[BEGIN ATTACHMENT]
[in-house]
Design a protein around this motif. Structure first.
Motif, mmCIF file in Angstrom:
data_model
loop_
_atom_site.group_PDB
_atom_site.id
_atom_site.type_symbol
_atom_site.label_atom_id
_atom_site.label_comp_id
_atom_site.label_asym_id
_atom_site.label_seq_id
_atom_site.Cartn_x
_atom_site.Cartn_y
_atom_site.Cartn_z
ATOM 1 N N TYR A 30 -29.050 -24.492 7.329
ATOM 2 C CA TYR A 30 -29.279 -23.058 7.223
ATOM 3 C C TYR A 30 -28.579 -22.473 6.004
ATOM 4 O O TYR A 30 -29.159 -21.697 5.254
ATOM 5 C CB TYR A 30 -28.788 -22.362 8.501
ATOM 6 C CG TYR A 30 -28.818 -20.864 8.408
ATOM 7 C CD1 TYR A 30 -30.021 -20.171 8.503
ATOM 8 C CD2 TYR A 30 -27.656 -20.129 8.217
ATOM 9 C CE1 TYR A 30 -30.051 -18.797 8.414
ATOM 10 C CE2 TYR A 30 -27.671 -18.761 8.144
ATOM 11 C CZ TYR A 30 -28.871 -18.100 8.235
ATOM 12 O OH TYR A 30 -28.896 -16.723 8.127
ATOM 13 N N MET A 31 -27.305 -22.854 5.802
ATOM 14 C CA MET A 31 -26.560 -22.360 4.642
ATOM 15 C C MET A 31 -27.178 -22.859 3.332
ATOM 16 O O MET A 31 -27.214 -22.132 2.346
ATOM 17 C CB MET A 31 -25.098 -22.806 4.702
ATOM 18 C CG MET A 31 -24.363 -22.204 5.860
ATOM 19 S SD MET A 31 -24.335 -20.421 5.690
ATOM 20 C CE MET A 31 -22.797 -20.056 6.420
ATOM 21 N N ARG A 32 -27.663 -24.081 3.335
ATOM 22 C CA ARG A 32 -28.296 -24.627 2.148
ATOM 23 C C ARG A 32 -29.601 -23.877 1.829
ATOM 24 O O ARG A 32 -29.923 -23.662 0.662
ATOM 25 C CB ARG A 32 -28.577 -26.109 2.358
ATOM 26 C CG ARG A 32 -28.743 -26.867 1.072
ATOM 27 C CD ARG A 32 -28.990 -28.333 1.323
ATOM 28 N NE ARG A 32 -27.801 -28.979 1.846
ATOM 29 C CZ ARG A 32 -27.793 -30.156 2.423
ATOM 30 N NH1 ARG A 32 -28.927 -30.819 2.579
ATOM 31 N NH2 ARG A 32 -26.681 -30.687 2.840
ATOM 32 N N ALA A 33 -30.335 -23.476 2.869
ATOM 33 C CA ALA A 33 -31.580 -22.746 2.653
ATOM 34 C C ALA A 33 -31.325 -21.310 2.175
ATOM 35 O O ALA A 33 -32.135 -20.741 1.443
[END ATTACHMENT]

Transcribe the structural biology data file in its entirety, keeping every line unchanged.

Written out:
[in-house]
Design a protein around this motif. Structure first.
Motif, mmCIF file in Angstrom:
data_model
loop_
_atom_site.group_PDB
_atom_site.id
_atom_site.type_symbol
_atom_site.label_atom_id
_atom_site.label_comp_id
_atom_site.label_asym_id
_atom_site.label_seq_id
_atom_site.Cartn_x
_atom_site.Cartn_y
_atom_site.Cartn_z
ATOM 1 N N TYR A 30 -29.050 -24.492 7.329
ATOM 2 C CA TYR A 30 -29.279 -23.058 7.223
ATOM 3 C C TYR A 30 -28.579 -22.473 6.004
ATOM 4 O O TYR A 30 -29.159 -21.697 5.254
ATOM 5 C CB TYR A 30 -28.788 -22.362 8.501
ATOM 6 C CG TYR A 30 -28.818 -20.864 8.408
ATOM 7 C CD1 TYR A 30 -30.021 -20.171 8.503
ATOM 8 C CD2 TYR A 30 -27.656 -20.129 8.217
ATOM 9 C CE1 TYR A 30 -30.051 -18.797 8.414
ATOM 10 C CE2 TYR A 30 -27.671 -18.761 8.144
ATOM 11 C CZ TYR A 30 -28.871 -18.100 8.235
ATOM 12 O OH TYR A 30 -28.896 -16.723 8.127
ATOM 13 N N MET A 31 -27.305 -22.854 5.802
ATOM 14 C CA MET A 31 -26.560 -22.360 4.642
ATOM 15 C C MET A 31 -27.178 -22.859 3.332
ATOM 16 O O MET A 31 -27.214 -22.132 2.346
ATOM 17 C CB MET A 31 -25.098 -22.806 4.702
ATOM 18 C CG MET A 31 -24.363 -22.204 5.860
ATOM 19 S SD MET A 31 -24.335 -20.421 5.690
ATOM 20 C CE MET A 31 -22.797 -20.056 6.420
ATOM 21 N N ARG A 32 -27.663 -24.081 3.335
ATOM 22 C CA ARG A 32 -28.296 -24.627 2.148
ATOM 23 C C ARG A 32 -29.601 -23.877 1.829
ATOM 24 O O ARG A 32 -29.923 -23.662 0.662
ATOM 25 C CB ARG A 32 -28.577 -26.109 2.358
ATOM 26 C CG ARG A 32 -28.743 -26.867 1.072
ATOM 27 C CD ARG A 32 -28.990 -28.333 1.323
ATOM 28 N NE ARG A 32 -27.801 -28.979 1.846
ATOM 29 C CZ ARG A 32 -27.793 -30.156 2.423
ATOM 30 N NH1 ARG A 32 -28.927 -30.819 2.579
ATOM 31 N NH2 ARG A 32 -26.681 -30.687 2.840
ATOM 32 N N ALA A 33 -30.335 -23.476 2.869
ATOM 33 C CA ALA A 33 -31.580 -22.746 2.653
ATOM 34 C C ALA A 33 -31.325 -21.310 2.175
ATOM 35 O O ALA A 33 -32.135 -20.741 1.443